How to Start Your ESL Journey in South Korea |

How to Start Your ESL Journey in South Korea

It's a country that has been a popular destination for job-seekers in the ESL sector. Are you interested? Here's some advice...

Posted on

27 July 2016

Last updated on 19 October 2017
How to Start Your ESL Journey in South Korea

South Korea has long been one of the most popular destinations for teachers looking for jobs in the English as a Second Language sector. I never imagined that I, too, would be part of this community of foreigners teaching abroad. After teaching English in China, I decided that I needed a change and moved to South Korea to start a promising position at a private English academy teaching kindergarteners and elementary school children.

If you also want to follow the path towards this exciting and adventurous international career, here are some things to consider.

Teaching ESL in South Korea

Why is South Korea a top ESL destination?

There are many reasons why approximately 25,000 foreigners are currently working in South Korea as English teachers.

The main reason why South Korea attracts so many teachers is the high salaries in great benefits in the region. South Korea’s teacher salaries are among the highest in the world averaging $2,000 and include attractive benefits, such as paid housing and round-trip airfare, health insurance as well as severance pay upon contract completion.

On top of that, are the cost of living in South Korea relatively low and teachers are able to save up a significant amount of money each month, sometimes even more than half of the monthly salary, depending on the lifestyle.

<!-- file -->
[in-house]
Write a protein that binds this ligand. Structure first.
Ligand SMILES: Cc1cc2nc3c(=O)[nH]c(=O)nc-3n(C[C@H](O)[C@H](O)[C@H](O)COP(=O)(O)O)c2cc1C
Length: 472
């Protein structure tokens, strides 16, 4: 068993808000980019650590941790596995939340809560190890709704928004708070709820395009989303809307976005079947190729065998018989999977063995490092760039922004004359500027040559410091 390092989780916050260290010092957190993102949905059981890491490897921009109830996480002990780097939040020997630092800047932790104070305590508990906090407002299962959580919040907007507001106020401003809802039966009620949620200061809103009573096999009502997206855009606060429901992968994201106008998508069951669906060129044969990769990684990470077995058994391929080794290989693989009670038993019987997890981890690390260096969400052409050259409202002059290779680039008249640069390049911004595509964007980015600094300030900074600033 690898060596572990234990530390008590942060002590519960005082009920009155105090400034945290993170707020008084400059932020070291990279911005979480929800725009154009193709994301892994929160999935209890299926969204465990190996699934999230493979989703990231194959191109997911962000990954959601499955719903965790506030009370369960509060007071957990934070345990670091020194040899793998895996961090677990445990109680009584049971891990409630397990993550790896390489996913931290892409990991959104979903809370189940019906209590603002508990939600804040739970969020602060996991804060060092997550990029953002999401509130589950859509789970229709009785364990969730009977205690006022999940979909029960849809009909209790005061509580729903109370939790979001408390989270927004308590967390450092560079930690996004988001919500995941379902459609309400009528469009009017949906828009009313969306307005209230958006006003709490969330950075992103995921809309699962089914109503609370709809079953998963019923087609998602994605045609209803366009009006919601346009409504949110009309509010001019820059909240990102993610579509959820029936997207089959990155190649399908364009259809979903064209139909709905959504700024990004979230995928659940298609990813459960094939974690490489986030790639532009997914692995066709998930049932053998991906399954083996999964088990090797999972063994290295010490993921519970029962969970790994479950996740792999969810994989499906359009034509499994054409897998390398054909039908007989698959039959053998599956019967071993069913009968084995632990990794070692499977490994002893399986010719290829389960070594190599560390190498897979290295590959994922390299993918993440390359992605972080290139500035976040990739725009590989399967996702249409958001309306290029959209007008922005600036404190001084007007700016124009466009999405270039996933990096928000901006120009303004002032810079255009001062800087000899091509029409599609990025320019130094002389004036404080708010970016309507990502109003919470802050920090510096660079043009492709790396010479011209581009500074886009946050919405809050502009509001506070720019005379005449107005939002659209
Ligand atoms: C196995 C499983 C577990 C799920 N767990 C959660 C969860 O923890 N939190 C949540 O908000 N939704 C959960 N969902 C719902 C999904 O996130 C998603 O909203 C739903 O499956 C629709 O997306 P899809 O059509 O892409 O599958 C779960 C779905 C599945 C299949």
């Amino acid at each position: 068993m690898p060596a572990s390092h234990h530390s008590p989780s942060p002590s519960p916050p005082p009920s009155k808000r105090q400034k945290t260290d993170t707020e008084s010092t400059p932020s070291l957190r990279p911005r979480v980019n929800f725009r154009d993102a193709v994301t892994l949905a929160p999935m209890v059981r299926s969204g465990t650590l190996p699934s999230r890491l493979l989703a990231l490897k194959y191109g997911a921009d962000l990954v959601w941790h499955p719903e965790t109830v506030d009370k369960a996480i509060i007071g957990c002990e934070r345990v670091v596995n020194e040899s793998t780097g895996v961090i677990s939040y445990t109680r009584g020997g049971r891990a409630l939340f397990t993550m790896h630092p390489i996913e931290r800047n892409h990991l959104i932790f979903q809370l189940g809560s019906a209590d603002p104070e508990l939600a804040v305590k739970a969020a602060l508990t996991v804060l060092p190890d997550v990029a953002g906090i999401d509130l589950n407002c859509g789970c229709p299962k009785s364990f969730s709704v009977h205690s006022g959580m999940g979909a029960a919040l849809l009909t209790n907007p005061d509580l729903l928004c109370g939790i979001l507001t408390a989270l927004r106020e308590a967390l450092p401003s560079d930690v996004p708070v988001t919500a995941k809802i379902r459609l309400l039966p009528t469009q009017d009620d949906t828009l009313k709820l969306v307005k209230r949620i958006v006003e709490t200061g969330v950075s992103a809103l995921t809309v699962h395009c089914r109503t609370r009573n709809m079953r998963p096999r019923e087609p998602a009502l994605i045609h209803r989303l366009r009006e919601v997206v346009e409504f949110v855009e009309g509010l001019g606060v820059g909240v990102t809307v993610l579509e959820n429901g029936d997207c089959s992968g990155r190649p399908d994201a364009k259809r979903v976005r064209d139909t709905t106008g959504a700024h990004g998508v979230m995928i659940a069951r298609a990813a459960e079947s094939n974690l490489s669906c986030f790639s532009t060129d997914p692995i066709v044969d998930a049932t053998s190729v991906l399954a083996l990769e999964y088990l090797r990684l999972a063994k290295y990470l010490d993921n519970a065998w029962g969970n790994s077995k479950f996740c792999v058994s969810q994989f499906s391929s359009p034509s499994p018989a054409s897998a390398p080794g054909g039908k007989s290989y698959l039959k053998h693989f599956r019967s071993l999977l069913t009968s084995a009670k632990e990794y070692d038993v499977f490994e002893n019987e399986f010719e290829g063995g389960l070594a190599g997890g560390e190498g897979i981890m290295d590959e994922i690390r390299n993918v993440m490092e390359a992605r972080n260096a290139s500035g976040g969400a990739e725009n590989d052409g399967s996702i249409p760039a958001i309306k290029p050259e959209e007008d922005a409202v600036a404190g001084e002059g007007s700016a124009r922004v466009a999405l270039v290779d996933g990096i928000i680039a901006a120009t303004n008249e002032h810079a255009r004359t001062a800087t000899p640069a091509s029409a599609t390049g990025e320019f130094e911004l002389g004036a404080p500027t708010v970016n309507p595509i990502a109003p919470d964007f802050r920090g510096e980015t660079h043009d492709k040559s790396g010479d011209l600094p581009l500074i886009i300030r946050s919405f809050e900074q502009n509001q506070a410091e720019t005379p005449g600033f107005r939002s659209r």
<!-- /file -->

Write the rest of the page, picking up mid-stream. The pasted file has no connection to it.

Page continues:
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Life in South Korea also means living in an exciting country that is rich in history and natural beauty. You can find peaceful beaches and majestic mountains all over the country while the big cities offer all the comforts that you are used to from back home. Find out why I love teaching in South Korea so much. 

It’s not hard to see why South Korea is such an attractive destination for TEFL teachers. Here is how I landed a teaching position in Korea and got my ESL career started...

Plan Early!

Moving to South Korea isn’t something you can do in a matter of days, let alone weeks. It takes quite a bit of preparation to have all the necessary paperwork in order. It took me roughly half a year to be ready to board the plane and start my new life in Korea. That’s due to the amount of paperwork necessary to secure a job and a work permit there.

Necessary Documents

At the moment, Korean immigration regulations require everyone who wants to obtain a E2 work visa and work as a teacher to submit the following documents:

  • Completed Application Form

  • An Apostilled Copy of a Bachelor's Diploma

  • Original Sealed Transcripts

  • An Apostilled National Level Criminal Background Check (CRC)

There are also other nationality-specific regulations you can easily look up on the Internet. Simply search for “documents necessary for Korean E2 visa” and you will find a lot of information.

The reason why you have to prepare for working in Korea up to 6 months in advance is to get all the paperwork in time. Apostilles can take several weeks and the criminal background check takes up to 3 months depending on what country you live in.

Check Job Postings and Contact Recruiters

There are several methods how to find a job in South Korea. One of them is to apply directly to job offers on online forums or websites. A great resource is Facebook groups for teachers in South Korea as many schools look for employees there.